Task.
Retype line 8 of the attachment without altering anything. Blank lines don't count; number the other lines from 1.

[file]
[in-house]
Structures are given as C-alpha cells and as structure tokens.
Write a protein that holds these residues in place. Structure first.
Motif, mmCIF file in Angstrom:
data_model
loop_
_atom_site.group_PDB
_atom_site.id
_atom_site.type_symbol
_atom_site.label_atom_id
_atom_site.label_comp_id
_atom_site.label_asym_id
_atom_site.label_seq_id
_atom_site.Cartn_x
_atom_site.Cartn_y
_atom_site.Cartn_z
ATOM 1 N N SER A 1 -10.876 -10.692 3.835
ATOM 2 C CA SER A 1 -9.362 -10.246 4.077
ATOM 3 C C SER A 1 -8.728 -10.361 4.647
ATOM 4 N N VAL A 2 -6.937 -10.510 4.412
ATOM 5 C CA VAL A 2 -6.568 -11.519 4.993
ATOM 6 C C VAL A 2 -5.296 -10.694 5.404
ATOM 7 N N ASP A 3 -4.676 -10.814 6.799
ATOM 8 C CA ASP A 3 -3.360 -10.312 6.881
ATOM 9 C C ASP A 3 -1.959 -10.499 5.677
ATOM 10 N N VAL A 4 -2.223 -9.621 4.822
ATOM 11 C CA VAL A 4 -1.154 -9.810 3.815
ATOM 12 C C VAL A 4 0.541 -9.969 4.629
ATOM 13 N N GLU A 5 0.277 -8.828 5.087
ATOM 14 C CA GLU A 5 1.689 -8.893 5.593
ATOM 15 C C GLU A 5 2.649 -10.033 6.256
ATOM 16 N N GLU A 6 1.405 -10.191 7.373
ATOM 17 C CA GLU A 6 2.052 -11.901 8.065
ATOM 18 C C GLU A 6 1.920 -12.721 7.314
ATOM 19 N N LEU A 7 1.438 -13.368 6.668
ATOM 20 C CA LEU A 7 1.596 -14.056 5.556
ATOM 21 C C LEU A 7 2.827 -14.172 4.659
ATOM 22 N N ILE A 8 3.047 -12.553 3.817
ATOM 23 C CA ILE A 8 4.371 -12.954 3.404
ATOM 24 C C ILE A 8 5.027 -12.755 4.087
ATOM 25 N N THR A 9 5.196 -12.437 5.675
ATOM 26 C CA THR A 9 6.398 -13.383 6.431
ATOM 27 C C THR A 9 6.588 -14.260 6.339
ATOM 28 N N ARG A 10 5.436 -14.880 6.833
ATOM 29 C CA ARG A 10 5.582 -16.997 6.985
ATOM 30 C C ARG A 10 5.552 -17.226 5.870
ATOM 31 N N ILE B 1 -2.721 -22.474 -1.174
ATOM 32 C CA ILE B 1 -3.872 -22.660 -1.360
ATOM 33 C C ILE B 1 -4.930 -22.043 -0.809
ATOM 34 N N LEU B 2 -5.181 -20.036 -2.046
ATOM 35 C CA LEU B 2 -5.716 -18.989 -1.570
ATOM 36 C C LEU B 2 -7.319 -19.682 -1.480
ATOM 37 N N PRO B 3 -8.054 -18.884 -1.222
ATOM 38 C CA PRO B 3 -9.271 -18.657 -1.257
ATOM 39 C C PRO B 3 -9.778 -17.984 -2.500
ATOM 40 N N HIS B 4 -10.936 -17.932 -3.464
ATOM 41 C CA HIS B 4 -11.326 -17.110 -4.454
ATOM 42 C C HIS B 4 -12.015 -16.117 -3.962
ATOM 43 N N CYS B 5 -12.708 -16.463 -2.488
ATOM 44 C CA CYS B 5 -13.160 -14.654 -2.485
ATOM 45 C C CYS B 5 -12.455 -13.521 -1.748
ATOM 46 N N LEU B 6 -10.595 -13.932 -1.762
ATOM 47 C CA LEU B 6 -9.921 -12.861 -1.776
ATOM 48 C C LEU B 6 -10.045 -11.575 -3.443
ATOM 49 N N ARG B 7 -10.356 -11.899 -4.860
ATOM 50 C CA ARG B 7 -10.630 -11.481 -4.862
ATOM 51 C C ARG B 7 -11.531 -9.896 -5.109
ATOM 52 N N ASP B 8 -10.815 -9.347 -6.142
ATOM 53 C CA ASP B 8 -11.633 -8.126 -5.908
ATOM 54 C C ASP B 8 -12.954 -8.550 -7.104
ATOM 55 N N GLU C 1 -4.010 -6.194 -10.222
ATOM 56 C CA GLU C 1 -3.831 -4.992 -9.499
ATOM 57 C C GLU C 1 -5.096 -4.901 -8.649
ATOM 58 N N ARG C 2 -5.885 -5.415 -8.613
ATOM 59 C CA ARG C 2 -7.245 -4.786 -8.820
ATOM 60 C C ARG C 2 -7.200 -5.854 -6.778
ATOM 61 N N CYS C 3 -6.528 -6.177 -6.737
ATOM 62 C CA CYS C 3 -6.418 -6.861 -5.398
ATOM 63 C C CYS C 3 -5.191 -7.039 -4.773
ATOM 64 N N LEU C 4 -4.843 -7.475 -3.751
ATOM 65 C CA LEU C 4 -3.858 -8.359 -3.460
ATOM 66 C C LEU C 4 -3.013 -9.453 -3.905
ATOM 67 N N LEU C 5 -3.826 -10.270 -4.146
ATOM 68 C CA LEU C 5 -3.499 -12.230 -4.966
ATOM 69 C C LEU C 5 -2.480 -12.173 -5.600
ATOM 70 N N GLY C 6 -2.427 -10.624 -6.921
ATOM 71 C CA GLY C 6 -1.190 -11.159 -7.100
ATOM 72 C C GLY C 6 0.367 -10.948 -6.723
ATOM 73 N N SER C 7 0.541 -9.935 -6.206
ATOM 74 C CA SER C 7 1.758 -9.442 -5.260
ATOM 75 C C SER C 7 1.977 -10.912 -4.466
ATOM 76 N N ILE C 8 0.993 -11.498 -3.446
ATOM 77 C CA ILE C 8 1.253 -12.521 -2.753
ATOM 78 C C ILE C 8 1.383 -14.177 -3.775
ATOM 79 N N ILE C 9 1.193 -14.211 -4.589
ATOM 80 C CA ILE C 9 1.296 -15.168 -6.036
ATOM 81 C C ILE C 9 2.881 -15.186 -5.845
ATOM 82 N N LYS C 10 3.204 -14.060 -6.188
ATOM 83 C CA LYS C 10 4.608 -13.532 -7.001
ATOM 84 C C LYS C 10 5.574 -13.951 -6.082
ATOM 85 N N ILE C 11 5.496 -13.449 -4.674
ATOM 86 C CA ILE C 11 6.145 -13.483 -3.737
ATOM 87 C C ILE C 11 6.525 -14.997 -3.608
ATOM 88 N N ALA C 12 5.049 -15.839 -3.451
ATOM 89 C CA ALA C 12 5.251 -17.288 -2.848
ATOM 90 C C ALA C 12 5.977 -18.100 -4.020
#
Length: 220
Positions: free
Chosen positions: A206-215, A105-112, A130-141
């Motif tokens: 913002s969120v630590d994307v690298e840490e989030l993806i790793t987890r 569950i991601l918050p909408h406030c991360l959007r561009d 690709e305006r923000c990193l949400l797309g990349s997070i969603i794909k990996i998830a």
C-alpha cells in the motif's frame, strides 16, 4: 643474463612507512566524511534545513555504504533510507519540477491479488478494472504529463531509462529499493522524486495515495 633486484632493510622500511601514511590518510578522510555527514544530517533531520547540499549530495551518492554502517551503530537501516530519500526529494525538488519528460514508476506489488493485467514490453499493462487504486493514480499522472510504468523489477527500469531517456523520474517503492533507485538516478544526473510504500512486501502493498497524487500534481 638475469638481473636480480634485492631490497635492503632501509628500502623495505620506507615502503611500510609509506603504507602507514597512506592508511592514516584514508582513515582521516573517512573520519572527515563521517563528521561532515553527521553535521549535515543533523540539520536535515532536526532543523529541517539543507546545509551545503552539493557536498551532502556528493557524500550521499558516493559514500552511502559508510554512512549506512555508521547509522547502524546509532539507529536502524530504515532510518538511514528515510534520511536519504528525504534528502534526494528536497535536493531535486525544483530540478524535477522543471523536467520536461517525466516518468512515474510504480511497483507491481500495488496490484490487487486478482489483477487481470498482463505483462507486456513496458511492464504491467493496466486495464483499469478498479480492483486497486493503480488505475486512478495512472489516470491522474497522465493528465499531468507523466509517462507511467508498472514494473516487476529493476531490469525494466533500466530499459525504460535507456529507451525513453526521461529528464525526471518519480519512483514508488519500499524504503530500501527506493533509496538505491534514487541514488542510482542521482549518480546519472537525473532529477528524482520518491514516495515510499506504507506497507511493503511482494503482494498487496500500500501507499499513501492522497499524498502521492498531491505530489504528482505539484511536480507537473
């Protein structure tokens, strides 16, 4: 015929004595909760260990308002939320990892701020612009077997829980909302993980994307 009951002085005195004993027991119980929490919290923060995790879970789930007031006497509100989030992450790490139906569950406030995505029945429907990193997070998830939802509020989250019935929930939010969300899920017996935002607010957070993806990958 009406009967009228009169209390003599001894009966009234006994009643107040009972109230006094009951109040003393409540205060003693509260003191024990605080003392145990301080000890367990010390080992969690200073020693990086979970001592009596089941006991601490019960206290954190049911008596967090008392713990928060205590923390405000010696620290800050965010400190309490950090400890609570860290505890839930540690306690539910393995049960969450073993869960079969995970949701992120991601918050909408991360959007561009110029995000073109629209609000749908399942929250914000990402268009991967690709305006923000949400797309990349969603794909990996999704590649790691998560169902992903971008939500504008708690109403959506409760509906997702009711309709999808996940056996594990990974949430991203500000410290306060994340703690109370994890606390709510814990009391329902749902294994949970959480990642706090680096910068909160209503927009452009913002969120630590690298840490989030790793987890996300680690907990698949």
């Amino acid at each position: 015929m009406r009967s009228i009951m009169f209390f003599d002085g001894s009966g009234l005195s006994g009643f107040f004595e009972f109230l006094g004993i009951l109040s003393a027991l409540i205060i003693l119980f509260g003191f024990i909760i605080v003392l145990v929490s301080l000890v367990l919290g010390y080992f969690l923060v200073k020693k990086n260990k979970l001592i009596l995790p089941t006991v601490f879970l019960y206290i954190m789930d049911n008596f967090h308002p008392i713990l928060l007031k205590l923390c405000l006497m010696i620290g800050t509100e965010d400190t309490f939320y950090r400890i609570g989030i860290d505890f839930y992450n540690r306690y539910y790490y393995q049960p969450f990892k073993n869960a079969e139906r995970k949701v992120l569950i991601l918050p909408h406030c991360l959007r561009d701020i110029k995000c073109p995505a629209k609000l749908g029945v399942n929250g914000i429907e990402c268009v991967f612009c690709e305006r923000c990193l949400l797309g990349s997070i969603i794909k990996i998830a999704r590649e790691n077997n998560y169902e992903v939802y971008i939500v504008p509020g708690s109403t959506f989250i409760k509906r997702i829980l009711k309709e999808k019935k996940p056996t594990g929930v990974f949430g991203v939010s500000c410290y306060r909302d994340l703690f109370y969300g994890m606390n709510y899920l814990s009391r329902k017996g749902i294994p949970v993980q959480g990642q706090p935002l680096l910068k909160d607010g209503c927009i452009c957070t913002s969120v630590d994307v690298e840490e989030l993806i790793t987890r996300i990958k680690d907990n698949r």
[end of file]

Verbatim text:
_atom_site.id